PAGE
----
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NPB: Tracking Pork’s Carbon Footprint

by 5m Editor
11 October 2010, at 10:32am

US - As part of the pork industry’s commitment to protecting the environment, pork producers are funding new research to identify and measure the overall carbon footprint of live swine production and to understand its relationship to the overall pork supply chain.

“The National Pork Board’s motivation for doing the Carbon Footprint Initiative was to help producers see where they could realize benefits from more efficient operations,“ said Allan Stokes, director of environmental programmes for the Pork Checkoff. “Also, this effort demonstrates producers’ commitment to doing the right thing, as outlined in the industry’s We Care initiative.“

The Pork Checkoff is funding research at the University of Arkansas Applied Sustainability Center, which has undertaken sustainability work for the dairy industry and major retailers such as Wal-Mart. Researchers first conducted an extensive literature review to study what is known about greenhouse gas emissions (GHG), globally, through all segments of the pork chain. Next, raw data were solicited from industry experts and publications, plus regionally specific data for crops and weather patterns.

This “scan level life-cycle analysis“ helped the research team summarize a carbon footprint analysis for a single 4-ounce, prepared serving of boneless pork. They evaluated GHG emissions across the entire pork production and delivery system, from feed crops in the field to cooking by the consumer and disposal of the packaging.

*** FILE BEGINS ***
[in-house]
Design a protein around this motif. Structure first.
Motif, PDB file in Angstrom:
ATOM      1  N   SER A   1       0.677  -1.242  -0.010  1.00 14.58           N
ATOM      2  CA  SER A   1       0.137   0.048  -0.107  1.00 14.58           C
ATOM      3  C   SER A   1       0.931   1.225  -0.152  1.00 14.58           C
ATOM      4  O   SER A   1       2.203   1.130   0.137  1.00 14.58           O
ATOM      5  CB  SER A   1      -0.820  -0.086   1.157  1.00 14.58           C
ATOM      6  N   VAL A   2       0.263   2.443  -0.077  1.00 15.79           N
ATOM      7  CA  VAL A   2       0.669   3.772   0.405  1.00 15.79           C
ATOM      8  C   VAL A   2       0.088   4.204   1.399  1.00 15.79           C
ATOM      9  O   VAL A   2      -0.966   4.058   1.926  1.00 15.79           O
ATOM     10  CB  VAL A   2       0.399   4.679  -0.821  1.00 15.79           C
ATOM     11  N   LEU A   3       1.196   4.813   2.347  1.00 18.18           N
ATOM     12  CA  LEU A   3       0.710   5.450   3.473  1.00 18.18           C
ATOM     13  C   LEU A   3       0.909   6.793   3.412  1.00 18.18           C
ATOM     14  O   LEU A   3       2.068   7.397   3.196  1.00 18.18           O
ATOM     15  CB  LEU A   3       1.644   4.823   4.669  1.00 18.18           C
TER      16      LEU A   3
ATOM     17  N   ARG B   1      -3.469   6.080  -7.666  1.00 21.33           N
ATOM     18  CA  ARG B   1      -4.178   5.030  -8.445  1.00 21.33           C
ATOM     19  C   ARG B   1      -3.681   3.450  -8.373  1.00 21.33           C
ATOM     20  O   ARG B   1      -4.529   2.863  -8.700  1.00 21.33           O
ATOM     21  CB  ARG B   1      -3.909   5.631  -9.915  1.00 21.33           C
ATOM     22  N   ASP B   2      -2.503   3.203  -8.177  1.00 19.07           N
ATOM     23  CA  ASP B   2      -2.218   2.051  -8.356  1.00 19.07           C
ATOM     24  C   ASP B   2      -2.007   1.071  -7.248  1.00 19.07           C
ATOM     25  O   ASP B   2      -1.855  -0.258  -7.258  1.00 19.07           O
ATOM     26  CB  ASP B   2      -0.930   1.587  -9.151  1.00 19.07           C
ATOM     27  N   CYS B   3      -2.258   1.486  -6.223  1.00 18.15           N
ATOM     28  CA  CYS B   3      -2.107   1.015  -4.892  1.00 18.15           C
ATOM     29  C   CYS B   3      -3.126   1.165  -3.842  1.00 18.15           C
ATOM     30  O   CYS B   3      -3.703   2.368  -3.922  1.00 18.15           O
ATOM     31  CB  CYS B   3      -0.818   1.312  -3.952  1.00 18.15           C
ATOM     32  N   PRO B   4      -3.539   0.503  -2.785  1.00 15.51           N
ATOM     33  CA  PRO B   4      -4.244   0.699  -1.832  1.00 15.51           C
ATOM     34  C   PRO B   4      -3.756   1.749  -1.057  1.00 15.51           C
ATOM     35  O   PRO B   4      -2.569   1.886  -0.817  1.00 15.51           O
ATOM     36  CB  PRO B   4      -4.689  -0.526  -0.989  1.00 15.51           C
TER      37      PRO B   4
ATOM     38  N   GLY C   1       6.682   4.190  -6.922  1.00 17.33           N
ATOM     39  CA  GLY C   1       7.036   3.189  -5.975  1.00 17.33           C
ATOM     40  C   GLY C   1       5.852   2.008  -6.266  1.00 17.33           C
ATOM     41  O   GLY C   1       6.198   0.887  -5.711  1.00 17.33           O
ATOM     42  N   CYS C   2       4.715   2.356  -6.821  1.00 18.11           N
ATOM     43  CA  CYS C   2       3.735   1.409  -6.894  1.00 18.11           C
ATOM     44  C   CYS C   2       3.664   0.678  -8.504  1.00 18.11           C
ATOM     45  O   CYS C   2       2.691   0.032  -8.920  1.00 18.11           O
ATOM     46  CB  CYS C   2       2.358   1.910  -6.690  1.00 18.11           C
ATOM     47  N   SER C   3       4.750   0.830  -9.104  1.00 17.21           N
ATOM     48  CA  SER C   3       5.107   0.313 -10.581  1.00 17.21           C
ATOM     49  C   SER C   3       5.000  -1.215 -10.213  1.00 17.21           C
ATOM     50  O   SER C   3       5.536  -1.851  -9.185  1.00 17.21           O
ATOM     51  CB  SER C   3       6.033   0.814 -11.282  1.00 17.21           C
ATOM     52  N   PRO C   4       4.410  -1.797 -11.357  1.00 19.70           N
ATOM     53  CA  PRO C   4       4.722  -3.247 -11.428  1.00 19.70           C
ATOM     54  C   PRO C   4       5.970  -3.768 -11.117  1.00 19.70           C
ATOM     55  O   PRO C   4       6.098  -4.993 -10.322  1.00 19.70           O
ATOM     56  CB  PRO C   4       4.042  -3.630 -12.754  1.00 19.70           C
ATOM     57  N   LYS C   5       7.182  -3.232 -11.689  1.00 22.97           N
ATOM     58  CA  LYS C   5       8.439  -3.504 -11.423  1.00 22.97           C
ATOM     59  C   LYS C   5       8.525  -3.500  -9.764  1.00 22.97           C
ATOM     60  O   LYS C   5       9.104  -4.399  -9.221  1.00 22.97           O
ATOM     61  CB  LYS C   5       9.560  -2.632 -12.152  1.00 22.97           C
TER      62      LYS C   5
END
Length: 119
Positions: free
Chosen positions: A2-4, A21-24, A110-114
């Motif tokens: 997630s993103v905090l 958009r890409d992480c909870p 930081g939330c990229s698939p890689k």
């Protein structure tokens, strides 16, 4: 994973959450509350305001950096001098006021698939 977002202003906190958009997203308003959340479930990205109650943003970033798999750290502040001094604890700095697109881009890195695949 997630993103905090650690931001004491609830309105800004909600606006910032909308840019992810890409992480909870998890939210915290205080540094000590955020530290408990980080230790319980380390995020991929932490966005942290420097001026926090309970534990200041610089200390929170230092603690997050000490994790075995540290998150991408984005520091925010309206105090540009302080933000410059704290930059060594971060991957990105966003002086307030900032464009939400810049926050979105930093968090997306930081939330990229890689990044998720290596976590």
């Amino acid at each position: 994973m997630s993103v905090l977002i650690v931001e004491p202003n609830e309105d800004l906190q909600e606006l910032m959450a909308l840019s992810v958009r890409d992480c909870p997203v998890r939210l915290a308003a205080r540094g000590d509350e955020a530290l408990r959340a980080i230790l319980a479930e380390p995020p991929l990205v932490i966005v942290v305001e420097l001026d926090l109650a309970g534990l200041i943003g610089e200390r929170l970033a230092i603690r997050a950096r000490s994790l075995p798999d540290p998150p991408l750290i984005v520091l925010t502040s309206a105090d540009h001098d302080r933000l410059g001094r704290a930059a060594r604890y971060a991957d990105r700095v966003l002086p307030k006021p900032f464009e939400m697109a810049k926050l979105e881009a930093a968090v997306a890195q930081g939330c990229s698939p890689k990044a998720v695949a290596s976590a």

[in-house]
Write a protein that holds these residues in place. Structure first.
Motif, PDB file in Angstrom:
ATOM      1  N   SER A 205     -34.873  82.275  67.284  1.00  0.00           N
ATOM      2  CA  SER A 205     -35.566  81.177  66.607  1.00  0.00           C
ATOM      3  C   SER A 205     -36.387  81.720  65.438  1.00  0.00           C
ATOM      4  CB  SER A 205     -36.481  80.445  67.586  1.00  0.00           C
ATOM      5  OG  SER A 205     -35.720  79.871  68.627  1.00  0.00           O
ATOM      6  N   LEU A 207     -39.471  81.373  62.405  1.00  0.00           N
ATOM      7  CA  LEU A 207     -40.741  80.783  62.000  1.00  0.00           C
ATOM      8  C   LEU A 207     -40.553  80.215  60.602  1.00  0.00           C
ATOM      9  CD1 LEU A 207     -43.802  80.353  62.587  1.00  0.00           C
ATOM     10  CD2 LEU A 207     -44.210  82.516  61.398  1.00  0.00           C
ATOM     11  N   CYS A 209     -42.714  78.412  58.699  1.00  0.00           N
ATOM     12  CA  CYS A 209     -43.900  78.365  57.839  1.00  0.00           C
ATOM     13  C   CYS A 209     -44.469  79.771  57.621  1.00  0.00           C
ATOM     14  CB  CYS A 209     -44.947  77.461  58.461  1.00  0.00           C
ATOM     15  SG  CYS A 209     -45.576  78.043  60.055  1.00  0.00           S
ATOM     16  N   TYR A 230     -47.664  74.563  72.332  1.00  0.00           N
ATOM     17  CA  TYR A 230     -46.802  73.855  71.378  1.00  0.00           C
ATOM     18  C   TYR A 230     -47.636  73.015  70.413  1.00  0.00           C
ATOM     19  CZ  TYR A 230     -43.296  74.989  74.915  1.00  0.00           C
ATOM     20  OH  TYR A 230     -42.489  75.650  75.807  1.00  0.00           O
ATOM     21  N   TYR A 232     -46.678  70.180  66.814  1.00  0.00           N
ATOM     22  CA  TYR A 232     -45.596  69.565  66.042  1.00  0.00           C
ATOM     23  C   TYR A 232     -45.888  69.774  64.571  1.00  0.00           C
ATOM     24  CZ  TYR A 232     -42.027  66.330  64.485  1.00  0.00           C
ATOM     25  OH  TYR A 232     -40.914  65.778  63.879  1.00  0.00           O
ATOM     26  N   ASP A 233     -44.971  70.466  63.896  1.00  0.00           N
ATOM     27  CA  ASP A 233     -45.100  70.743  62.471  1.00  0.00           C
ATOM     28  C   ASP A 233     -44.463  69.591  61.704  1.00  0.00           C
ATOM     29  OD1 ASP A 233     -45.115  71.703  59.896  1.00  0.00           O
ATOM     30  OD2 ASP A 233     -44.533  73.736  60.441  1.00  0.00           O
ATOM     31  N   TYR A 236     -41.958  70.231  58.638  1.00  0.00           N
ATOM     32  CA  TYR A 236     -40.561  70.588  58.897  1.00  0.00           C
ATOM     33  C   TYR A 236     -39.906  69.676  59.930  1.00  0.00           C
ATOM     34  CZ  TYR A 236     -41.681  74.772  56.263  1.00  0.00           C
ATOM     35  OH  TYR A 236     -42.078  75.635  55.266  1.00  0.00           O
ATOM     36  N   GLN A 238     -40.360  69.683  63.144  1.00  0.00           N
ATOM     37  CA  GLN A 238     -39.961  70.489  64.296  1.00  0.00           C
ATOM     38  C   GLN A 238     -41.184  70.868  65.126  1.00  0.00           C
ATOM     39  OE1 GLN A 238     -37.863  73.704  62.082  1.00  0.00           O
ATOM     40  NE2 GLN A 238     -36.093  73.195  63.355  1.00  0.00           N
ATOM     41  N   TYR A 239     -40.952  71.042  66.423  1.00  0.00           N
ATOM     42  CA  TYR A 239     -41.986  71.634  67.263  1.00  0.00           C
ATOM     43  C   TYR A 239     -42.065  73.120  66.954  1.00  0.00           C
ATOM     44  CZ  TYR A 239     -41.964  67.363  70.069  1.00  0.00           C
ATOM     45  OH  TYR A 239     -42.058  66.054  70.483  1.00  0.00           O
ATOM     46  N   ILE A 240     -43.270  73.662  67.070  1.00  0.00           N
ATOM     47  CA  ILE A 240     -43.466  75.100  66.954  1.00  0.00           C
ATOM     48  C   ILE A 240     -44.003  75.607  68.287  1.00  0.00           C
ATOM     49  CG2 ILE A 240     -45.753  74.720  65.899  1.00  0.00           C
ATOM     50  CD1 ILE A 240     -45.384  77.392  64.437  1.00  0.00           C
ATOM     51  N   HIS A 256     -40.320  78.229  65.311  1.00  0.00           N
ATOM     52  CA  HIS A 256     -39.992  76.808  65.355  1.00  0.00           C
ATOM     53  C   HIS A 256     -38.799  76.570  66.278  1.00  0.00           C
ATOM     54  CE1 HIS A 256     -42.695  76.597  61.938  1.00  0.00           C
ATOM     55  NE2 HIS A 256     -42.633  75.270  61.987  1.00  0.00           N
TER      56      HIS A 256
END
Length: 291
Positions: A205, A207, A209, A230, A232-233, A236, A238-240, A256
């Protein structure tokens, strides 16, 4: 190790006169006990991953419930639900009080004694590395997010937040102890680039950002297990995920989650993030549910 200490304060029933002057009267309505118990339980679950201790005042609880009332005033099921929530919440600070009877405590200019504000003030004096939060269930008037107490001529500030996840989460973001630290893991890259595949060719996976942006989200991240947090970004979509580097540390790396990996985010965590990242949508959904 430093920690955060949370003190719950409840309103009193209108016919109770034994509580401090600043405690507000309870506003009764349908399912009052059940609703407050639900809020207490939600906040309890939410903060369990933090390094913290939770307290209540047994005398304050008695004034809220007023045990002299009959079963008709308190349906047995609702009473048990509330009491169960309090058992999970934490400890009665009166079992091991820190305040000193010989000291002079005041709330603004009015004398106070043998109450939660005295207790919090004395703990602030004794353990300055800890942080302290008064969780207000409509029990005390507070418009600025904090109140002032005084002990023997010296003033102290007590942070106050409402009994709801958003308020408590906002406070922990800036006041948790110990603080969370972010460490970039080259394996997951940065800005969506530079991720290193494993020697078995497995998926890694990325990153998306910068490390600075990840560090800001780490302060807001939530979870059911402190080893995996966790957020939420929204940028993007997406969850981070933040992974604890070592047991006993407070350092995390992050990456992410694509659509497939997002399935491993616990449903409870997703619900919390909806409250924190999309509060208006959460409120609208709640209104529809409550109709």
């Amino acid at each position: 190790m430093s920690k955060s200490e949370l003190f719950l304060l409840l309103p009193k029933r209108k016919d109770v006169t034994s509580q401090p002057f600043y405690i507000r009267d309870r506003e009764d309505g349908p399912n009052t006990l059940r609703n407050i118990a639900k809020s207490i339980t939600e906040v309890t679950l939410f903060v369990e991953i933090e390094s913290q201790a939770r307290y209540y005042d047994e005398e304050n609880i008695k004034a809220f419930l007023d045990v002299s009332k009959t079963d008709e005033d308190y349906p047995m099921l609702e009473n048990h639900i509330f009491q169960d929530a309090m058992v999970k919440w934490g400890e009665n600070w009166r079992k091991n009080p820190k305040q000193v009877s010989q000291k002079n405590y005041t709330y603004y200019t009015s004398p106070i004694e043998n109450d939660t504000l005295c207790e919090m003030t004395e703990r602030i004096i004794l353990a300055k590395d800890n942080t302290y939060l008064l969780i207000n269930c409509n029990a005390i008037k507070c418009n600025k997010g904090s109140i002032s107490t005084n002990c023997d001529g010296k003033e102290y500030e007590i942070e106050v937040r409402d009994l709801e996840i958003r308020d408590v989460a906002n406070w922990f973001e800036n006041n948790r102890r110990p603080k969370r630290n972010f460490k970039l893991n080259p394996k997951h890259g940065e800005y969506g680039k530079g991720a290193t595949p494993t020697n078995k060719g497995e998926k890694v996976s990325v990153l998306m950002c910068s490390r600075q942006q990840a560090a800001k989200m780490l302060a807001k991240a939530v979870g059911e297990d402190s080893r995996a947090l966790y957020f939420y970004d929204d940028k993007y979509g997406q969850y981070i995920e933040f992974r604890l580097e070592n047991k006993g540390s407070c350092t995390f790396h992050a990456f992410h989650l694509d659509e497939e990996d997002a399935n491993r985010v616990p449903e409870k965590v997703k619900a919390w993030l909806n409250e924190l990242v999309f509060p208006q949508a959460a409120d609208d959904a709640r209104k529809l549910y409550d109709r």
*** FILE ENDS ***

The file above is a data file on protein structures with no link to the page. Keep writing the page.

“The analysis helps us to understand the GHG contribution of live-hog production relative to other portions of the overall pork chain,“ Mr Stokes said.

The Checkoff is now working on a detailed life-cycle assessment that will identify the portion of GHG contributions based on the weight of hogs leaving the farm. As part of this, the Pork Checkoff is developing a user-friendly computer-based tool that will allow producers to get a detailed picture of their own farm’s GHG emission profile.

Pork producers will be able to use this tool to enter information specific to their farm, such as rations, manure management systems and types and sizes of animal housing. The tool will accommodate a variety of production systems, from confinement systems with lagoons or deep pits to production systems with pasture-raised pigs. The tool, which is being developed and refined with producer input, will generate a report for the producer’s use only.

“Since lowering GHG emissions usually means lowering energy use and resulting costs, this tool can serve as a road map to reducing input costs and improving bottom-line economic performance while also benefiting the environment,“ Mr Stokes said.